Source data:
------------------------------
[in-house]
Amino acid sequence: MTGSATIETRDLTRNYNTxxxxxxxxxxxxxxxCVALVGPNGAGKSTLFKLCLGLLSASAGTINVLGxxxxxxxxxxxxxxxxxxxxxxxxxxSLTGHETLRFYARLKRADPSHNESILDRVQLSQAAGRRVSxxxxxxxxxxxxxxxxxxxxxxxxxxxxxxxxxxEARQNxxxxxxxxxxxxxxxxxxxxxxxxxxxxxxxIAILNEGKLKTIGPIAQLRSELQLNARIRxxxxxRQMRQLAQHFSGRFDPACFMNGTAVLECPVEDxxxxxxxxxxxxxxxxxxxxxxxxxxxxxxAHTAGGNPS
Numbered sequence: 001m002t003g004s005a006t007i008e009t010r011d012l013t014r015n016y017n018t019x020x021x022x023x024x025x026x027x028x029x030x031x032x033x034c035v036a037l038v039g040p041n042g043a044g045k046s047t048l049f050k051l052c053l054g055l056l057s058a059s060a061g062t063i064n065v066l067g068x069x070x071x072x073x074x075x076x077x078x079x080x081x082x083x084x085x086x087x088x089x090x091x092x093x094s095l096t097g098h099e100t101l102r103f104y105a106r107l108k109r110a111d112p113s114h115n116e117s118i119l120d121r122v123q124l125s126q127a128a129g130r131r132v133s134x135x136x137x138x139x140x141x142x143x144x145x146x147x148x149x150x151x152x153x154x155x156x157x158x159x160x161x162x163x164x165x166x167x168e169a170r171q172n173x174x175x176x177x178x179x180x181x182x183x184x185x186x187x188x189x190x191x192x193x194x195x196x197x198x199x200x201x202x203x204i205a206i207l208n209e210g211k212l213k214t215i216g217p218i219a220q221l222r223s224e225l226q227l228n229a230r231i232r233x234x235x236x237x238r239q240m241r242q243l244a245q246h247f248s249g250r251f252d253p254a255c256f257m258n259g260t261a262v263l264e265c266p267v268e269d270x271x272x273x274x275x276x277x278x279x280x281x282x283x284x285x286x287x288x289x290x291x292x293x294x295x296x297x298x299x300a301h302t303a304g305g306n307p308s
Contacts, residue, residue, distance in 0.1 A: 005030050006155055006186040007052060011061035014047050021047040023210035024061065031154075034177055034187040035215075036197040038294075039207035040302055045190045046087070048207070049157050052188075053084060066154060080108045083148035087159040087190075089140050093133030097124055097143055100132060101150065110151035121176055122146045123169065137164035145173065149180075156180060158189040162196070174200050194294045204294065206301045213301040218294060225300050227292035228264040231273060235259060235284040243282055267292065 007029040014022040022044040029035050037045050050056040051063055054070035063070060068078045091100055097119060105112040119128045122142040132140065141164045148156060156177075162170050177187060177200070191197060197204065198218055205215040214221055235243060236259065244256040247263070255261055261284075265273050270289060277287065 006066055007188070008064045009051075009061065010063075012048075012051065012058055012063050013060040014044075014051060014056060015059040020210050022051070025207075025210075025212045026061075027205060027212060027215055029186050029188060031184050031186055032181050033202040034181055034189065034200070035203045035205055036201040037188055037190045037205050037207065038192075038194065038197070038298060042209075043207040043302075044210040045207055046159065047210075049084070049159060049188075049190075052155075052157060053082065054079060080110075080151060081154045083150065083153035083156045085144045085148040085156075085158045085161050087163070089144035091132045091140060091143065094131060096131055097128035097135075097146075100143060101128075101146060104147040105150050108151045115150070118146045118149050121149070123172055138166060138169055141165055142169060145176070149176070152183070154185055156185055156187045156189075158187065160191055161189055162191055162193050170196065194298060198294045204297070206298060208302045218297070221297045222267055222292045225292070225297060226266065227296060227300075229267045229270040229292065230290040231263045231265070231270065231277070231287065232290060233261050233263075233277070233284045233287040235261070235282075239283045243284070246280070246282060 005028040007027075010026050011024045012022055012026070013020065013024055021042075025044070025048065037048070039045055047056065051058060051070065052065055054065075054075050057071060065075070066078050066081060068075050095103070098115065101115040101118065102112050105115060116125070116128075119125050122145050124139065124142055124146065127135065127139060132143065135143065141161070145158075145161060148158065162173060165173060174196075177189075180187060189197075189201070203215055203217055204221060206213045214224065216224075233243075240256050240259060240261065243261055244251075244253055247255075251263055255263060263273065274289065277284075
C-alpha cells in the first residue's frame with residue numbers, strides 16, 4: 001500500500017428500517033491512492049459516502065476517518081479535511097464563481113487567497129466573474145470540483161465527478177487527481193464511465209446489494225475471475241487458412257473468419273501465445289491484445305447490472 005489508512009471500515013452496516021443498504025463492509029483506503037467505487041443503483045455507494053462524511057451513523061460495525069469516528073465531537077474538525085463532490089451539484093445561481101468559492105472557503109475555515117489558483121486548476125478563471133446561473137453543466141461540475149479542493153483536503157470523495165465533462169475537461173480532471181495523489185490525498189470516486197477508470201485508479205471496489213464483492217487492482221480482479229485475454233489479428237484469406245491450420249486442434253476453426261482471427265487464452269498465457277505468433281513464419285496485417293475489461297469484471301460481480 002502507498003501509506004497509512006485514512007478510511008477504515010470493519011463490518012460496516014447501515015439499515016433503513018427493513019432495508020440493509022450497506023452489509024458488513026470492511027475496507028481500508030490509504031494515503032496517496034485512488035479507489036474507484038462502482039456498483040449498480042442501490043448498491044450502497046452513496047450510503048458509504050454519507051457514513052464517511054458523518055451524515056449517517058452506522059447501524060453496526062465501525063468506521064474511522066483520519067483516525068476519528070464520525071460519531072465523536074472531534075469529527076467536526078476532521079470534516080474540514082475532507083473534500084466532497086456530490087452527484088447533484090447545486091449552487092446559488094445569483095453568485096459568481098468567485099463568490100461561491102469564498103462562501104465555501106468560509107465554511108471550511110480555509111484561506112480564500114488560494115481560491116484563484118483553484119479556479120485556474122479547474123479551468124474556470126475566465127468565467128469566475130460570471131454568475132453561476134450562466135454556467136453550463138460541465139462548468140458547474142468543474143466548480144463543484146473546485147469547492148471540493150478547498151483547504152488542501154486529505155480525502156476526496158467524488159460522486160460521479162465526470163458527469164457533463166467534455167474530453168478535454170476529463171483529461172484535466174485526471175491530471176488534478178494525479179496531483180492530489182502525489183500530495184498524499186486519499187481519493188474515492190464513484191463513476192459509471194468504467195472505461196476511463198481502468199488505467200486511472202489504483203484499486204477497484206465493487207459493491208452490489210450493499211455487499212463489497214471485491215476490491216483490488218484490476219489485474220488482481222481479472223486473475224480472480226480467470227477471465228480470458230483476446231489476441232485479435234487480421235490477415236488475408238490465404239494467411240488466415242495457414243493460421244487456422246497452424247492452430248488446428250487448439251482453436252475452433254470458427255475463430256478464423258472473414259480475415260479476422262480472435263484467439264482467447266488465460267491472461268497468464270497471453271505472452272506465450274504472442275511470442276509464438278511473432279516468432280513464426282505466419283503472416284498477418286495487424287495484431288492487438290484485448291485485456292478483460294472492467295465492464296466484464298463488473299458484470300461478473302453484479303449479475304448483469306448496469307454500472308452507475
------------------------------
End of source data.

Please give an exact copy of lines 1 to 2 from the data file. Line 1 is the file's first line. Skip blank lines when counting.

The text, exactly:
[in-house]
Amino acid sequence: MTGSATIETRDLTRNYNTxxxxxxxxxxxxxxxCVALVGPNGAGKSTLFKLCLGLLSASAGTINVLGxxxxxxxxxxxxxxxxxxxxxxxxxxSLTGHETLRFYARLKRADPSHNESILDRVQLSQAAGRRVSxxxxxxxxxxxxxxxxxxxxxxxxxxxxxxxxxxEARQNxxxxxxxxxxxxxxxxxxxxxxxxxxxxxxxIAILNEGKLKTIGPIAQLRSELQLNARIRxxxxxRQMRQLAQHFSGRFDPACFMNGTAVLECPVEDxxxxxxxxxxxxxxxxxxxxxxxxxxxxxxAHTAGGNPS